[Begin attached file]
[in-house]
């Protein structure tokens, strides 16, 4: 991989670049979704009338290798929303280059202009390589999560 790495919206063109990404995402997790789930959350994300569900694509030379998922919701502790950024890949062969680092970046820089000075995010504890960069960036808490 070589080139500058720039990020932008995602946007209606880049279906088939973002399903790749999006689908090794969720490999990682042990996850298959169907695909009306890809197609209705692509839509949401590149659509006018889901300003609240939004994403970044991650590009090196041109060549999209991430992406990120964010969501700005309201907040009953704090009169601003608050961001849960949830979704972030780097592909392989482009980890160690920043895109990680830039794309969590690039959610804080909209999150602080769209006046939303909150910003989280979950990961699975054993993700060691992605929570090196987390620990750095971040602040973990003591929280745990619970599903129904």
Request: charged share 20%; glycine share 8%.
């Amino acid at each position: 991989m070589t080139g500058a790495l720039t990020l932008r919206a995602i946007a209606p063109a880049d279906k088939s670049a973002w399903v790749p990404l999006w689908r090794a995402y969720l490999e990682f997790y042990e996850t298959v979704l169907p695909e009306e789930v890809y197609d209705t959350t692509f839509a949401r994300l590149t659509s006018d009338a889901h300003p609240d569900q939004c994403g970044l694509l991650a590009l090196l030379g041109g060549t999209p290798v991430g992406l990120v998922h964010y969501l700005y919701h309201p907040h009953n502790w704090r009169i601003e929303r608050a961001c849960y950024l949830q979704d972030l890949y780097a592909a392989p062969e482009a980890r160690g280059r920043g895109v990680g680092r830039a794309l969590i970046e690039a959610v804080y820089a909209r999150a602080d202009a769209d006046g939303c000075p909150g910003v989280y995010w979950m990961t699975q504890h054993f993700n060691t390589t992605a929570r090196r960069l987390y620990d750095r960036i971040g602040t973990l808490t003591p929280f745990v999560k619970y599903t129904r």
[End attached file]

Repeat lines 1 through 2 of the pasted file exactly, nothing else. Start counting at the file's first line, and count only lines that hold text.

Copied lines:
[in-house]
């Protein structure tokens, strides 16, 4: 991989670049979704009338290798929303280059202009390589999560 790495919206063109990404995402997790789930959350994300569900694509030379998922919701502790950024890949062969680092970046820089000075995010504890960069960036808490 070589080139500058720039990020932008995602946007209606880049279906088939973002399903790749999006689908090794969720490999990682042990996850298959169907695909009306890809197609209705692509839509949401590149659509006018889901300003609240939004994403970044991650590009090196041109060549999209991430992406990120964010969501700005309201907040009953704090009169601003608050961001849960949830979704972030780097592909392989482009980890160690920043895109990680830039794309969590690039959610804080909209999150602080769209006046939303909150910003989280979950990961699975054993993700060691992605929570090196987390620990750095971040602040973990003591929280745990619970599903129904």